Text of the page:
Irish American Child Legacy needs State Help to Unravel, says Valerie O’Brien
Published in The Sunday Times, 17th Nov 2013 p 17.
History and story-telling is something that we, as Irish people,think we are good at but many realise now there are some stories that get told more readily than others. In the wake of the recent Ryan, Murphy and McAleese reports, many previously untold stories have come forth.
Stephen Frear’s film“Philomena” shines a light on another aspect of Irish life in need of urgent attention. It has brought the story of the clandestine adoption of Irish children by US families to the fore. These stories have been both ‘known’ and ‘unknown’ here in Ireland. Mike Milotte’s book ‘Banished Babies’ suggests that at least 2,400 children were adopted in the period from early 1940’s to early 1970’s. These children are now adults predominantly in their 50’s and 60’s and their mothers are elderly. We know that many have been searching for their Irish families and likewise many Irish families have been searching for their lost children.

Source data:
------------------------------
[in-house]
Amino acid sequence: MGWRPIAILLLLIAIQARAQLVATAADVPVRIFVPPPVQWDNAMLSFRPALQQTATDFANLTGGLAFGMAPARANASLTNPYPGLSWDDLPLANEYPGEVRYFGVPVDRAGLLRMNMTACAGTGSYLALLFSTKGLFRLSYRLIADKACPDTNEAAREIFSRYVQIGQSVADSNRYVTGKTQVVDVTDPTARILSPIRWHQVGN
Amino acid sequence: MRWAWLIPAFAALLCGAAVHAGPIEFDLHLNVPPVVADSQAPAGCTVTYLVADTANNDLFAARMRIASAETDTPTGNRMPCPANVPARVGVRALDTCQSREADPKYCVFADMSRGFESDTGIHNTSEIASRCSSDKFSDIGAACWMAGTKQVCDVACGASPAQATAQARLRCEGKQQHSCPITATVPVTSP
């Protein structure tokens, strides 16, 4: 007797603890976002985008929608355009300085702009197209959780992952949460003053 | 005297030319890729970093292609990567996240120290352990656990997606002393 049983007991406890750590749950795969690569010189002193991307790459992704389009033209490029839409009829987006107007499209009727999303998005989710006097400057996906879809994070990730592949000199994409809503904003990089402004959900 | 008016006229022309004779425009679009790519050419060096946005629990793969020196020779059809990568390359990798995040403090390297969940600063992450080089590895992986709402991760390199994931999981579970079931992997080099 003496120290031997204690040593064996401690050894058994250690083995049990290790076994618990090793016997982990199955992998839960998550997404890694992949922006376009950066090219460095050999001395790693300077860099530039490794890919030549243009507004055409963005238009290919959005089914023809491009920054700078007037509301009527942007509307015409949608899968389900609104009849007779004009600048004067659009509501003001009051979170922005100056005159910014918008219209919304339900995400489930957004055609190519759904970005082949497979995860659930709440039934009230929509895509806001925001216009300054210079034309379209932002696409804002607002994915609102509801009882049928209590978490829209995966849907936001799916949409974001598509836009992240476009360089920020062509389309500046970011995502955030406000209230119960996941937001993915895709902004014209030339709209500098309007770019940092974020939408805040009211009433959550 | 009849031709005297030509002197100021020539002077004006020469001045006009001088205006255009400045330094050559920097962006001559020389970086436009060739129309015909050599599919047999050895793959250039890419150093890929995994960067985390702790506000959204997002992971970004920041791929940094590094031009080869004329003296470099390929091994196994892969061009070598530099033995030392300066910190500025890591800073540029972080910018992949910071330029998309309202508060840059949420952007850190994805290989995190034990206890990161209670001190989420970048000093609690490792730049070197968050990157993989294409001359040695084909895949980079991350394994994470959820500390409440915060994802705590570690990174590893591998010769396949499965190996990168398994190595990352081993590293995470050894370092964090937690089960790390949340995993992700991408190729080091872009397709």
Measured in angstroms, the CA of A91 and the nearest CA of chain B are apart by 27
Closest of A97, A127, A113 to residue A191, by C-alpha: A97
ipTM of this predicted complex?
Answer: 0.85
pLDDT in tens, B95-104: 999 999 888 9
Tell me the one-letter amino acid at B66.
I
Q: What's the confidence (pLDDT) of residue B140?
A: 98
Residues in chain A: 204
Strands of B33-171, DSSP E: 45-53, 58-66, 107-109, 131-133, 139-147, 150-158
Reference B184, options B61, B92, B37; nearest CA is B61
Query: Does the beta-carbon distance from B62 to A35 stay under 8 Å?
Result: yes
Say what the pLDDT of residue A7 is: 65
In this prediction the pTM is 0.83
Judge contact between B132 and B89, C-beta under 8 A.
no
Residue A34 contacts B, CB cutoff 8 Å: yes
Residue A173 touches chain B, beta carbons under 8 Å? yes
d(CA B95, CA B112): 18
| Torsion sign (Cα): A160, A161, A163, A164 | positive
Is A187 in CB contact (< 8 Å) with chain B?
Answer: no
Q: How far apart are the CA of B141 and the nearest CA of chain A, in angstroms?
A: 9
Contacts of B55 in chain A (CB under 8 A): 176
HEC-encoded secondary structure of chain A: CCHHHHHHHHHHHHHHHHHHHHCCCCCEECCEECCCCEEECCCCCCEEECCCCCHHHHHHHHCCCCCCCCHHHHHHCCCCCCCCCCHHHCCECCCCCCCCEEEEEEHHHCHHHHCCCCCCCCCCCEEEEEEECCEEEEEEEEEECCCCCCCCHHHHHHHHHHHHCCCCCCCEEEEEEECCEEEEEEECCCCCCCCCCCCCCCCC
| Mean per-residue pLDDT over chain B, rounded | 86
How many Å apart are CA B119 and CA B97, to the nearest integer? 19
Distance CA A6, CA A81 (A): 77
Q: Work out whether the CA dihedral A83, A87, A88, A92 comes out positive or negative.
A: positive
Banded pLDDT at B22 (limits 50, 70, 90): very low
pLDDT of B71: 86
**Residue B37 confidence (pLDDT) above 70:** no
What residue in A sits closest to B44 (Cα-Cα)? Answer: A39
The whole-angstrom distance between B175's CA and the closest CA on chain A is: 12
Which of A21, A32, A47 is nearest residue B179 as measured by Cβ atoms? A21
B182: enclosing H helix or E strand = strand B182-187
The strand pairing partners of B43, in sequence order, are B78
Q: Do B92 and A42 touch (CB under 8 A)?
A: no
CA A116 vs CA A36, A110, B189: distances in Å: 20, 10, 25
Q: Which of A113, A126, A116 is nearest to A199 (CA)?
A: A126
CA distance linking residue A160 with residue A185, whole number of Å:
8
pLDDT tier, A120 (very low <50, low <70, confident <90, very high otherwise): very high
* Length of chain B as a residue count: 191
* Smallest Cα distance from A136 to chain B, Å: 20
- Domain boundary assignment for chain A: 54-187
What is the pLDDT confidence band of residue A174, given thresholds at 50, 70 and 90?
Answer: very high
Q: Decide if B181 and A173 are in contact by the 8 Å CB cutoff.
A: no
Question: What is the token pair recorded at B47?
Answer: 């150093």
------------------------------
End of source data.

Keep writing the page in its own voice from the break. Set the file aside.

The stories of the adoptions are invariably linked with unplanned pregnancies and the very limited options open to young womenin Ireland at the time. Unplanned pregnancy can still be a major shock but, historically, it was greeted as a great trauma with very limited and stark options open to the single woman who found herself pregnant. If marriage was not a possibility or wanted, the ‘situation’ necessitated a solution that would deal with the sin, shame and secrecy associated with her ‘condition’. The fathers were kept largely invisible by a society who saw a role for a father only if marriage was an option.
It was as a result of these circumstances that banishment to the ‘Mother and Baby Homes’, run by different religious orders came into being. The most well-known ‘Homes’ were located in places such as Bessborough in Cork, Castlepollard in Westmeath, Stamullen in Meath, St Patricks in Dublin and “Sean Ross” abbey in Roscreawhich features in Philomena Lee’s true story.